DONALD Trump is on the back foot now, scrambling as his presidency hits the 100-day mark to build some record of fulfilling campaign pledges in the wake of repeated setbacks and failures.
His numerous efforts to erect barriers to immigration, from bans on certain Muslim countries to completion of a wall costing billions of dollars along the US-Mexican border, have largely foundered so far.
His attempts to roll back his predecessor’s efforts to safeguard the environment against overzealous business development have succeeded only sporadically. Trump’s much-ballyhooed assault on Obama’s Affordable Care Act suffered an initial, spectacular collapse, ironically undone by resistance from within his own Republican party. Now, critics charge that a renewed attempt may leave even more Americans without health coverage.
The list goes on, assiduously chronicled by a New York and Washington establishment press corps increasingly eager to oppose and perhaps topple a president who has declared war on much of the media.
Meanwhile, there have been a few successes, though even these must be modified in the light of longer-term effects that cannot presently be foreseen. The Senate’s confirmation of conservative justice Neil Gorsuch to the US Supreme Court obliged Majority Leader Mitch McConnell to change the chamber’s filibuster rules to permit simple majority confirmation votes on Supreme Court justices. Things will look different in the future when Democrats control the White House and Senate.
The surprise attack on a Syrian air base from which the despicable Syrian regime launched a poison gas attack on its own people prompted a chest-thumping moment of American pride, but no one is arguing that it has changed much in the dreadful, fatal civil war now tearing apart that Middle East nation.
Evidence mounts that neither Trump nor his campaign team actually expected to win last November’s election. They were obviously unprepared for victory. And having won, they continued to underperform their new responsibilities. Carelessly appointing a collection of rich men (and a few women) to significant federal jobs without properly vetting them might be expected to produce precisely the scandals and embarrassments from which many Americans now recoil on a daily basis.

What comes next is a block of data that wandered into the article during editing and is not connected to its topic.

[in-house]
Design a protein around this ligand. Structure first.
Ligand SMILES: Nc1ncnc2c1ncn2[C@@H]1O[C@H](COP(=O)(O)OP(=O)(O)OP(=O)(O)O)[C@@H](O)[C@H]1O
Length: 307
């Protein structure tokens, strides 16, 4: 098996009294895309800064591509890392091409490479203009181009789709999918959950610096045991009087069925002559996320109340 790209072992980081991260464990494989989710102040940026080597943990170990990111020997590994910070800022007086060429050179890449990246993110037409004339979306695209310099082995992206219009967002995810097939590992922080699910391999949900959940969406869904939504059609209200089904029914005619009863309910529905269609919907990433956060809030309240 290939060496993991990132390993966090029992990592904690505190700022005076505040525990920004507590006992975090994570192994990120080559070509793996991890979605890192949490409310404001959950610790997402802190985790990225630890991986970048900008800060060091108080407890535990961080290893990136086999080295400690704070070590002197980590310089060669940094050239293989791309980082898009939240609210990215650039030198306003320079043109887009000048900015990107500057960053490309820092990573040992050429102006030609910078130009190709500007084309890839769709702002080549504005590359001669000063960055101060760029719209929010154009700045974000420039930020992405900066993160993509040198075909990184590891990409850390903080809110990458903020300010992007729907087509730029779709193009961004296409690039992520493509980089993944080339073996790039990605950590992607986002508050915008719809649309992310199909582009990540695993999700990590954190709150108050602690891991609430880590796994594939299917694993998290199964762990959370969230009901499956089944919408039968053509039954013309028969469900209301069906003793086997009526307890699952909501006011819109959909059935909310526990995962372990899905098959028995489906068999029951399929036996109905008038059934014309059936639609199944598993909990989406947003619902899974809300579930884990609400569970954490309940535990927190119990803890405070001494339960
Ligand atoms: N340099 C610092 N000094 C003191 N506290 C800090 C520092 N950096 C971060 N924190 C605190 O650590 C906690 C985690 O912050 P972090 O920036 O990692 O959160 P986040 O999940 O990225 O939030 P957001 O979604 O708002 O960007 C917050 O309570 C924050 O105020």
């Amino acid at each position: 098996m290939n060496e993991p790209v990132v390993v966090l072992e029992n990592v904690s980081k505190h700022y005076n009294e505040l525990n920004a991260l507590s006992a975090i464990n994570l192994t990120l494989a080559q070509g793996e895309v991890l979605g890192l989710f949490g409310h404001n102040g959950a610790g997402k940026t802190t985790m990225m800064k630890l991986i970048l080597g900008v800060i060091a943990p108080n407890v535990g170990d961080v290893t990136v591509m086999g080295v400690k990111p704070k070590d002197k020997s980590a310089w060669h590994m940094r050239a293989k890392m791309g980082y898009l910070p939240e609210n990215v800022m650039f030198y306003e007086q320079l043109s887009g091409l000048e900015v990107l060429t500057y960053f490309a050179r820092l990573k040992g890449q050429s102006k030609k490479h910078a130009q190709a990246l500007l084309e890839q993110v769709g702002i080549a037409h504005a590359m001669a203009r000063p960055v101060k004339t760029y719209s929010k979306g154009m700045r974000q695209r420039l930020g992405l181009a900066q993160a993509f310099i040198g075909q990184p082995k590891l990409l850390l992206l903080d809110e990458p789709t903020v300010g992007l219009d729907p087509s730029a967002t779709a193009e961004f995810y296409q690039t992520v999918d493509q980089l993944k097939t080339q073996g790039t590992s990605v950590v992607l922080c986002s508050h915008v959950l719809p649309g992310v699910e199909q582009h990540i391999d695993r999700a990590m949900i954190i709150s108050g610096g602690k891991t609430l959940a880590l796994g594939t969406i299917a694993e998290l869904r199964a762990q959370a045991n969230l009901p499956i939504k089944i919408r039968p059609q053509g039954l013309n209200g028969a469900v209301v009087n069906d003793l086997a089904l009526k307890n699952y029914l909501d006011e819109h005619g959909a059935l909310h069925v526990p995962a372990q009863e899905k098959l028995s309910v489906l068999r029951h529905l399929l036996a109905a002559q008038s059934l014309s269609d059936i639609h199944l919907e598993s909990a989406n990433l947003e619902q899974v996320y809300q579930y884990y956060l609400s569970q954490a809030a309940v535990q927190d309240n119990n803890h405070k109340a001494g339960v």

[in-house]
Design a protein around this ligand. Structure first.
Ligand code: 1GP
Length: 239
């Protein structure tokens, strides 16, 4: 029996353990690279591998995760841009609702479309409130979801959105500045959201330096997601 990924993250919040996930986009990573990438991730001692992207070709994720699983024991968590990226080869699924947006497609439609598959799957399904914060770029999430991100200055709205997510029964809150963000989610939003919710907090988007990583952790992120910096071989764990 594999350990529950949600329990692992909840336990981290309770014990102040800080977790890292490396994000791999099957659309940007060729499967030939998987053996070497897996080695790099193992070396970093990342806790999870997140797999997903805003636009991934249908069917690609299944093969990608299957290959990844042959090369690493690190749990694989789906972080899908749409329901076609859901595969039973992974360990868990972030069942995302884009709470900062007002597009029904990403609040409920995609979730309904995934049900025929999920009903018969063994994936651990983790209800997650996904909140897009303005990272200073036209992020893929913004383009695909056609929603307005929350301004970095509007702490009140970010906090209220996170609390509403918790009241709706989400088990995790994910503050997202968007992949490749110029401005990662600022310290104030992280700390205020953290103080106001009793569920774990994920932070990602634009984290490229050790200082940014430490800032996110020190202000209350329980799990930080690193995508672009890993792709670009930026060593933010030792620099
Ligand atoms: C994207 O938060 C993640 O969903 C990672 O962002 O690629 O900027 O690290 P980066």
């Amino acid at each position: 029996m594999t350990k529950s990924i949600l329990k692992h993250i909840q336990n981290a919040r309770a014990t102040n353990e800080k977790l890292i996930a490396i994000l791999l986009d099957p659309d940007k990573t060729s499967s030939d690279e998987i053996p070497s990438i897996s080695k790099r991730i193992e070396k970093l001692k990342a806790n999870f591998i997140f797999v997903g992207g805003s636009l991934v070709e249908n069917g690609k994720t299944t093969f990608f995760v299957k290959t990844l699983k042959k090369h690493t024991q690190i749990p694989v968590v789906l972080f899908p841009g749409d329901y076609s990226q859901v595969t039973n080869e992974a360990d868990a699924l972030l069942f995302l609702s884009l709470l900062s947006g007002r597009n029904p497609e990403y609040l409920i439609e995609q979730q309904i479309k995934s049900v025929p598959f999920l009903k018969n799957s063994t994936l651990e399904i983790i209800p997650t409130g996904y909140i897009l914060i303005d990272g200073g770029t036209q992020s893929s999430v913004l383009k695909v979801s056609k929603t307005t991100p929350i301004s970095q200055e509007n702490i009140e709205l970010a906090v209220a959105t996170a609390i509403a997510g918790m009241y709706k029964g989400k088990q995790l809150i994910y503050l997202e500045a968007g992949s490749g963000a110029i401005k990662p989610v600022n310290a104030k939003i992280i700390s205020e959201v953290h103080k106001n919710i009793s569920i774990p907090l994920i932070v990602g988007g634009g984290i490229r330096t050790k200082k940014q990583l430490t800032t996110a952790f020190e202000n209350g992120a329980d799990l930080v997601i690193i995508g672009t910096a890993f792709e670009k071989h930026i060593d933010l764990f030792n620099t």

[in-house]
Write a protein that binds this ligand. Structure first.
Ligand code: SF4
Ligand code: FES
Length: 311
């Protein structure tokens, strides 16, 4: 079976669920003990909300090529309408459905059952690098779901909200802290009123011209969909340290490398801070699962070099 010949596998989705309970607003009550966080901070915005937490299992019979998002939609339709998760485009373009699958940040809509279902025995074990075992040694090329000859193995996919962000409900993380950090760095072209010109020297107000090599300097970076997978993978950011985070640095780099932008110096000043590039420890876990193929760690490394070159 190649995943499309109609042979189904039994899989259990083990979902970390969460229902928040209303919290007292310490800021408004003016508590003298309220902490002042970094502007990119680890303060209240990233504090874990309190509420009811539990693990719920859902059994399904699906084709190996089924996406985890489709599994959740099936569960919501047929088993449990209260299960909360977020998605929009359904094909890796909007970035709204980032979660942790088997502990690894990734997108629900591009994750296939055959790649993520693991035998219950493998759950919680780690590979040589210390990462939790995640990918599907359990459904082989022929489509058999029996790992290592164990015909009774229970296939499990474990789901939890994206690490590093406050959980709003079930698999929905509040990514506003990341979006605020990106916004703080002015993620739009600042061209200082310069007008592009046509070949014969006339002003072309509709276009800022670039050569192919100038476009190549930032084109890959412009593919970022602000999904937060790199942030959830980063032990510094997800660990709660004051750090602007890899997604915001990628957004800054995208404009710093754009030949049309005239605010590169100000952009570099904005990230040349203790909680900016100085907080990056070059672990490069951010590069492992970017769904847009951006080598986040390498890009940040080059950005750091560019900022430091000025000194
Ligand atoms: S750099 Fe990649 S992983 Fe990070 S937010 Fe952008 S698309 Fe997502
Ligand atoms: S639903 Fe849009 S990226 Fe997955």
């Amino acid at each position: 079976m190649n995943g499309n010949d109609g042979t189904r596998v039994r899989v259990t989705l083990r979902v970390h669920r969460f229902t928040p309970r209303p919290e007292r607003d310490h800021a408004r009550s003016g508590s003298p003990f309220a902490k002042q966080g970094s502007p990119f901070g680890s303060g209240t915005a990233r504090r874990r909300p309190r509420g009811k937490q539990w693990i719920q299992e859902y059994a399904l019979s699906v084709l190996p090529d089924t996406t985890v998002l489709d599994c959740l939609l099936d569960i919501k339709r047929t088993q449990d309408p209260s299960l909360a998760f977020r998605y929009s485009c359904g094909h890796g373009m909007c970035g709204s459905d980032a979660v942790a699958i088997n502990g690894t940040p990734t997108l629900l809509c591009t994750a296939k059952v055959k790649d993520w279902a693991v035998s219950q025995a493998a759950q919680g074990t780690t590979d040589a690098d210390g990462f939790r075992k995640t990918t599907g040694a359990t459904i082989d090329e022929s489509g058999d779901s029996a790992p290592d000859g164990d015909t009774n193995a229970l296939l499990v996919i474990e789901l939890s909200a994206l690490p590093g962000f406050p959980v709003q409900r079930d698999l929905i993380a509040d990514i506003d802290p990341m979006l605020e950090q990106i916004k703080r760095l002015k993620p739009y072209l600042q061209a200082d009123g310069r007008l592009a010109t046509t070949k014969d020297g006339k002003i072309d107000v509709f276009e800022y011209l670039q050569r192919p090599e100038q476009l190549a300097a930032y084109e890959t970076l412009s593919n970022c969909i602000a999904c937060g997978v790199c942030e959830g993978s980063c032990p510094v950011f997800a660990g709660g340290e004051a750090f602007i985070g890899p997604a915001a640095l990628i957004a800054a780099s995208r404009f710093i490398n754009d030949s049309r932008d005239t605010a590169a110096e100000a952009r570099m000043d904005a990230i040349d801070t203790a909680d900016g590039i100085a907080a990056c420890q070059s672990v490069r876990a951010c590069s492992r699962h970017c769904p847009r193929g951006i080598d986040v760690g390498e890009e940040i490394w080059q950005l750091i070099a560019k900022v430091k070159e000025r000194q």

Former National Security Adviser Michael Flynn may still go to trial for corruption and other misdeeds. A suspicion is growing that some of Trump’s fortune, and that of his son-in-law, may be built on the once-secret contributions and gifts of foreign interests seeking influence in the US. Trump’s stubborn refusal to release his tax returns fuels this suspicion.
None of these setbacks is necessarily permanent, and it seems likely that Trump will manage some accomplishments of significance. But his record and his approval ratings are nonetheless dismal.
Which brings us to Trump’s tax plan concept. In proposing to significantly reduce corporate and personal income tax rates, primarily to the advantage of the already wealthy, the president is resurrecting Republican dogma of over 30 years ago. Economist Arthur Laffer had, as long ago as 1974, helped to popularise the notion that a capitalist free-market economy largely unfettered by government regulation, business would prosper and invest and expand. All would benefit. So-called “trickle down economics” became the mantra of the apologists for greed. During and after the Reagan presidency, Republicans embraced this theory enthusiastically.
House Speaker Paul Ryan is one of the leading current advocates, clearly hoping for the revival of a doctrine which relies for its positive promise on responsible, civic-minded corporate management and behaviour - not on the naked avarice, illegality and irresponsibility of American corporate titans and their minions who led the US into the savings and loan scandal of the late 1980s and the housing collapse of 2008-9, from which large swaths of mostly rural America have yet to recover.
Nineteenth century philosophers such as John Stuart Mill argued that a coherent society requires a balance between the collective good and individual liberties. Excesses in greed by a few thus lead to exercise of central governmental power to rein in such selfish, destructive behaviour.
Barack Obama’s administration was clearly committed to the exercise of such governmental power to redress imbalances in the American economy. Now Trump signals his intention to introduce stunning new economic imbalances. Mill’s balance will be established again, but perhaps not soon.